Finally, religious material from the Julio-Claudian era might also be included in a Celtic reconstructionism, for that was a time when most Gauls still preserved their Celtic culture largely intact under Roman or Romanized masters. A key document from this period is the Column of the Parisian Boatmen, which attests to an early syncretism characterized by rather jarring juxtapositions of Roman and Gaulish elements. Celtic enthusiasts might wish to pay most of their attention to the ‘Celtic’ panels of the Column; but it should be remembered that the monument as a whole was dedicated to Tiberius Augustus and to Jupiter Optimus Maximus, the earthly and heavenly protectors of Rome. Among documents from this period, we can add the stone dedicated to Mercury at Trier depicting Esus, along with most depictions of the antlered god, the god with a hammer, the three-headed god, and Jupiter holding a wheel. The great relief from Rheims representing the antlered god in the company of Mercury and Apollo is fairly typical of this first wave of syncretism. (While distinctively Gaulish, columns featuring an equestrian Jupiter are generally of a later date.) The Coligny calendar probably dates from the same period.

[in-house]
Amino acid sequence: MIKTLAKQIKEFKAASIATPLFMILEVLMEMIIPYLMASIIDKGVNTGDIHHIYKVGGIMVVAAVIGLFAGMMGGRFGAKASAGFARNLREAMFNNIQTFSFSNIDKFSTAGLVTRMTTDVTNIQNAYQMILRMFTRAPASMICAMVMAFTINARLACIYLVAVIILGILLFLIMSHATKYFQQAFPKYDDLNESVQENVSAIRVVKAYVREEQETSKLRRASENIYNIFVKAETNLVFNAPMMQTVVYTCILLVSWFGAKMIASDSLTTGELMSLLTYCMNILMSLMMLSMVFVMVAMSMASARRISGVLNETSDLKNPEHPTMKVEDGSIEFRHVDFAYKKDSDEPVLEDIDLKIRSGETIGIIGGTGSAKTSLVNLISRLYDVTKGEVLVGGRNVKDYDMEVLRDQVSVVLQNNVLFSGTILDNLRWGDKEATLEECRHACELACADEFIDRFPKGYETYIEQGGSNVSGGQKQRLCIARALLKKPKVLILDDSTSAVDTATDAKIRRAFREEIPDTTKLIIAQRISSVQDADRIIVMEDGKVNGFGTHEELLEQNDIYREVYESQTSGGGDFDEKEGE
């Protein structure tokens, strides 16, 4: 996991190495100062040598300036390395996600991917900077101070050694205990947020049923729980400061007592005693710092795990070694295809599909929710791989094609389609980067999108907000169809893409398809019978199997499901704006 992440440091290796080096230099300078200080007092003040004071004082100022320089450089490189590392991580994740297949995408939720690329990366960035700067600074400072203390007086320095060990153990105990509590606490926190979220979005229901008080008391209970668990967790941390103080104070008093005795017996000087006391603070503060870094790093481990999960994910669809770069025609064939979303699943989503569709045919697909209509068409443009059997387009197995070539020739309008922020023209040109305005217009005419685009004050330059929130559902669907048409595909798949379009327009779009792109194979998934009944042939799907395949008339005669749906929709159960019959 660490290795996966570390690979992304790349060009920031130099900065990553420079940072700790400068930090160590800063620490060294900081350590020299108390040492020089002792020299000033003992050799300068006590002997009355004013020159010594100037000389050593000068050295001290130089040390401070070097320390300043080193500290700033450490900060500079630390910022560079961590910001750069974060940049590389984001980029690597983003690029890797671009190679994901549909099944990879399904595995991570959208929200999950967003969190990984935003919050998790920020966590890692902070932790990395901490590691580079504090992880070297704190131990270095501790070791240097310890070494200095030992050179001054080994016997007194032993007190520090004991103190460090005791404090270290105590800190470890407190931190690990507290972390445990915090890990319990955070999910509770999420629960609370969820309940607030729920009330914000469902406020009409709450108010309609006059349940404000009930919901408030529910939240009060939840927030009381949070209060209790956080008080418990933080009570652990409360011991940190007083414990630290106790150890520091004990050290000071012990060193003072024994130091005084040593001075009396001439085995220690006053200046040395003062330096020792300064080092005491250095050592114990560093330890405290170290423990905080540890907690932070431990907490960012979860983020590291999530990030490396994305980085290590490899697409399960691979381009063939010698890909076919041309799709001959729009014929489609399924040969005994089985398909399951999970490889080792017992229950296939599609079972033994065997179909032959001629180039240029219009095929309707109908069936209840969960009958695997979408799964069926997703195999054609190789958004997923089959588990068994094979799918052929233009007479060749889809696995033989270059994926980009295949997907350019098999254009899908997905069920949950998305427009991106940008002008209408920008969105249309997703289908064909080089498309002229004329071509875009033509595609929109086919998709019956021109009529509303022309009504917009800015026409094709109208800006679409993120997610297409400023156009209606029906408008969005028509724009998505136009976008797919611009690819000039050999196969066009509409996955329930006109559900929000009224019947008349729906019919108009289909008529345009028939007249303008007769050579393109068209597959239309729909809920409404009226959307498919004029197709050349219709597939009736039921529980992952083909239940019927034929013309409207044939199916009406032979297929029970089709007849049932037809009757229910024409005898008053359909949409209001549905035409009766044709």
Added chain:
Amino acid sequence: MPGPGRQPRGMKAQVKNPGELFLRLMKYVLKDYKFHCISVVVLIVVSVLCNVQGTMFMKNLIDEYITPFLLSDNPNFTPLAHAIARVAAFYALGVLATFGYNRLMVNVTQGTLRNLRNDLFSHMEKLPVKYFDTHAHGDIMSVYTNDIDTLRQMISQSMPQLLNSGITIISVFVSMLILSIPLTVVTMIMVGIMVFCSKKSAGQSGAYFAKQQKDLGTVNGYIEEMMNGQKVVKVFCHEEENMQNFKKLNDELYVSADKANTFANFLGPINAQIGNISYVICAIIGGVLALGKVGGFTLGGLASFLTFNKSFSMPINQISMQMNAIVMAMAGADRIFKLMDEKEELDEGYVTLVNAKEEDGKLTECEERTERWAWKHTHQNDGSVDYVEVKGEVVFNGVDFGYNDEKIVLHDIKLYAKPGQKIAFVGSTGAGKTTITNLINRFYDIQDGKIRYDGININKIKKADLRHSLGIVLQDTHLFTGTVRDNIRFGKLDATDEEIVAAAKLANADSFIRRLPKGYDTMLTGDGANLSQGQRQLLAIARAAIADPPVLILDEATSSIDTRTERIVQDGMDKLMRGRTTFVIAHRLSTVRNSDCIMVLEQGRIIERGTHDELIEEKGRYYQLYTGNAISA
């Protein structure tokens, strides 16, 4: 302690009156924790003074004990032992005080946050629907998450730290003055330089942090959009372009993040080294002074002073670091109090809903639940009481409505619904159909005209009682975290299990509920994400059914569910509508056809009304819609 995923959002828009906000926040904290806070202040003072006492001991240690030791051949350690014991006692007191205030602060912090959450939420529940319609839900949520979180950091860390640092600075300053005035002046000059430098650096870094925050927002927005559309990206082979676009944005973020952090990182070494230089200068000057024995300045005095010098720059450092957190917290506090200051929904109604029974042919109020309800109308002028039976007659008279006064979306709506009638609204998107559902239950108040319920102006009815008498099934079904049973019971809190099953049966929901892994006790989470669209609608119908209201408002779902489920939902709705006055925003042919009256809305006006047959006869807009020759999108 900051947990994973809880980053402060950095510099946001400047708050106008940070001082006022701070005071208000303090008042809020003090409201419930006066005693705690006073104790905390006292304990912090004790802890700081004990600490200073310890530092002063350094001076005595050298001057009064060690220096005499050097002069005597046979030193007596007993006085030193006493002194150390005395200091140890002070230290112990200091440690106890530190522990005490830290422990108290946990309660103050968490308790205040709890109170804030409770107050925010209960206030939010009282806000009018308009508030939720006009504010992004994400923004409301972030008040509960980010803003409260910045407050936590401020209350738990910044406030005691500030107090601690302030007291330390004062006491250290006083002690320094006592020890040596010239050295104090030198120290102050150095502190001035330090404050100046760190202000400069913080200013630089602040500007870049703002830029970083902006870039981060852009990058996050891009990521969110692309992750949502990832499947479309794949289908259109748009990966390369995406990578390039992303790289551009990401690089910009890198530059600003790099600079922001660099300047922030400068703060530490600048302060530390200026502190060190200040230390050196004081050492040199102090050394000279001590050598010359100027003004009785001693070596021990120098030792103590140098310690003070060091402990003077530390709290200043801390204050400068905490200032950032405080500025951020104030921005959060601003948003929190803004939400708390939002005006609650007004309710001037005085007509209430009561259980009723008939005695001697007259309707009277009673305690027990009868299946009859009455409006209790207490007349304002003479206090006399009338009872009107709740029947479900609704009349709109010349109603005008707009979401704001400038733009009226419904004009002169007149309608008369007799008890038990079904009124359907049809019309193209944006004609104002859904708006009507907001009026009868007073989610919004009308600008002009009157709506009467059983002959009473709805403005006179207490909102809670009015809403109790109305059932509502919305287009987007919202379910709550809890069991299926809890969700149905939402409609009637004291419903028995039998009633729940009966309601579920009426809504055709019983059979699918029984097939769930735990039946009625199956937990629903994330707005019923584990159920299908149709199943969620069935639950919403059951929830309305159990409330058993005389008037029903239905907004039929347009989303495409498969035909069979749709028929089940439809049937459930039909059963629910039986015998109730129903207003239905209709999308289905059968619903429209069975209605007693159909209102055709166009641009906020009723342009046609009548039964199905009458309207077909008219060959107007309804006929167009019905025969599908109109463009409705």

The bulk of surviving Gaulish texts were also likely to have been composed under the Roman Empire. The rest were written earlier, particularly those written in the Greek or even Etruscan alphabets; some go back many centuries before the Common Era. Overall, Gaulish texts are not very numerous, most are short, and their interpretation is sometimes very difficult. Nevertheless, they definitively attest the Celtic names of many gods and goddesses:
What we have here are the outlines of a ‘pantheon’ (admittedly incomplete, drawn from disparate sources, and comprised in large part of little-known gods), some precedents to adapt in terms of ritual (and major adaptations they do require), hints about where to begin one’s scholarly or philosophical studies, and a certain visual æsthetic.